Identity management risks

An organisation needs to function and do business at the speed of light – furthermore, the Board challenges everyone to move business with secure processes and identity, yet still be able to send emails without the fear of blocking. In reality, a business can fail because of a lack of trust - whether a process, technology, people or people getting phished.

In response, a zero-trust framework goes down to basics – the Board cares about protecting the crown jewels, so build a high value assets policy around that data, using role-based access control within DLP, and tie DLP tools into the high value data.

Another risk inside the organisation is its people – employees should be educated within the context of their role to understand what a threat looks like for their function. It doesn’t matter how many levels of security there are if they don’t understand how to verify who a request comes from. Additionally, employees should better understand social engineering and the principles of IAM so they can apply it in real time.

Educating staff is a better control than any technical control, because getting them to think and double check, and to interrogate what they are dealing with, means the organisation can focus on the fundamentals needed to secure an environment – and secure identities, access and authentication.

Design planning for solutions

Compiling a meaningful set of requirement can be difficult because of the scale needed. The organisation needs to look at what has to be achieved, for example for compliance or governance, and if this is not achievable through a technological solution, hire the workforce to do it. This may also be true for JML processes, which may need a manual review.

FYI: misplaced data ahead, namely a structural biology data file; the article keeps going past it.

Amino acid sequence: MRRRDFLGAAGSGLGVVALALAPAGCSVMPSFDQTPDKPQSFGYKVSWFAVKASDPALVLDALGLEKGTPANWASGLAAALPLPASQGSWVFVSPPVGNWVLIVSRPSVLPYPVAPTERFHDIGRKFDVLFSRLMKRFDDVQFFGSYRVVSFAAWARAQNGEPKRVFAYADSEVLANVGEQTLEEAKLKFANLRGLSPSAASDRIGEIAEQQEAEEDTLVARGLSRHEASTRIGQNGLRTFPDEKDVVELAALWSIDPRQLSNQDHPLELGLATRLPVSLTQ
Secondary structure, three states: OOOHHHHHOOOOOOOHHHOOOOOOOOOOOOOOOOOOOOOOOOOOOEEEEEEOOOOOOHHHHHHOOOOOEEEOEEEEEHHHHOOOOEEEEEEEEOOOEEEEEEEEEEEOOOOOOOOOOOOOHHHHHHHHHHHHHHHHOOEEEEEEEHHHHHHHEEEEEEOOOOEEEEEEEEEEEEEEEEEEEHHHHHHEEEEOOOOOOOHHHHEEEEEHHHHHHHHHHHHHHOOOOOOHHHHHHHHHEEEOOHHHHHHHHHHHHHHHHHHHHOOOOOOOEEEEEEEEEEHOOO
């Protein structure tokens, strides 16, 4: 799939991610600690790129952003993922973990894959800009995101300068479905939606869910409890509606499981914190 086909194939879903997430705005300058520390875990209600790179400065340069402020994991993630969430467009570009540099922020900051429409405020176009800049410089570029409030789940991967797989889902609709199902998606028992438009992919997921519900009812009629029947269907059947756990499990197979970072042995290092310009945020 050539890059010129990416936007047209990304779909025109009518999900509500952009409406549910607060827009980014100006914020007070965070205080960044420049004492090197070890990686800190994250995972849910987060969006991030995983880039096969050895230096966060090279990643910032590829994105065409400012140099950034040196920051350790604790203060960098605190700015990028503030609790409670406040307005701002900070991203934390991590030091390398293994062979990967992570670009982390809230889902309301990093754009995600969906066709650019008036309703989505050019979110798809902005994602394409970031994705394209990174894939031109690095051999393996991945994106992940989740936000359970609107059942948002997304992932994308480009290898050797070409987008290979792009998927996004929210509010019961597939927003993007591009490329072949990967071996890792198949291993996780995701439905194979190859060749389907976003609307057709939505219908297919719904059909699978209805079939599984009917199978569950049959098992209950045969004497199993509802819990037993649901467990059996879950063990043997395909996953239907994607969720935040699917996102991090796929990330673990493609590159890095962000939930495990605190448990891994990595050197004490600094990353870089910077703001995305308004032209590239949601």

Designing one solution for such a complex environment is very difficult. If you can’t get every ‘must-have’, and only ‘certain nice to haves’, then the rest has to be prioritised accordingly. There may be a number of different solutions needed across mainframe, AS400, and the cloud. This raises the problem of identifying a single actor doing things on different systems, and tying those things together in the SOC.

Combatting risks in IAM

Finding a balance between a secure environment and a frictionless experience is difficult. Everyone wants access to be convenient, but quite often, the easier the access the bigger the security risk – and if personnel auto approve everything through fear of denying access, the whole system can fall down.

Companies also have to look to their supply chain when putting together risk assessments – if a supplier is hacked, it could pose a risk, or affect business continuity.

Another concern is around lack of trust within a business – systems can go down through a lack of trust in a process, the technology, other people or even as a result of an employee clicking a phishing email. So employees should know what a threat looks like for their role or department – if an employee doesn’t understand why and how to verify a user, it won’t matter how many different levels of security a business employs.

There is no one solution fits all, and design planning in such a complicated environment is difficult because a number of solutions may be needed for mainframe, AS400 and the cloud.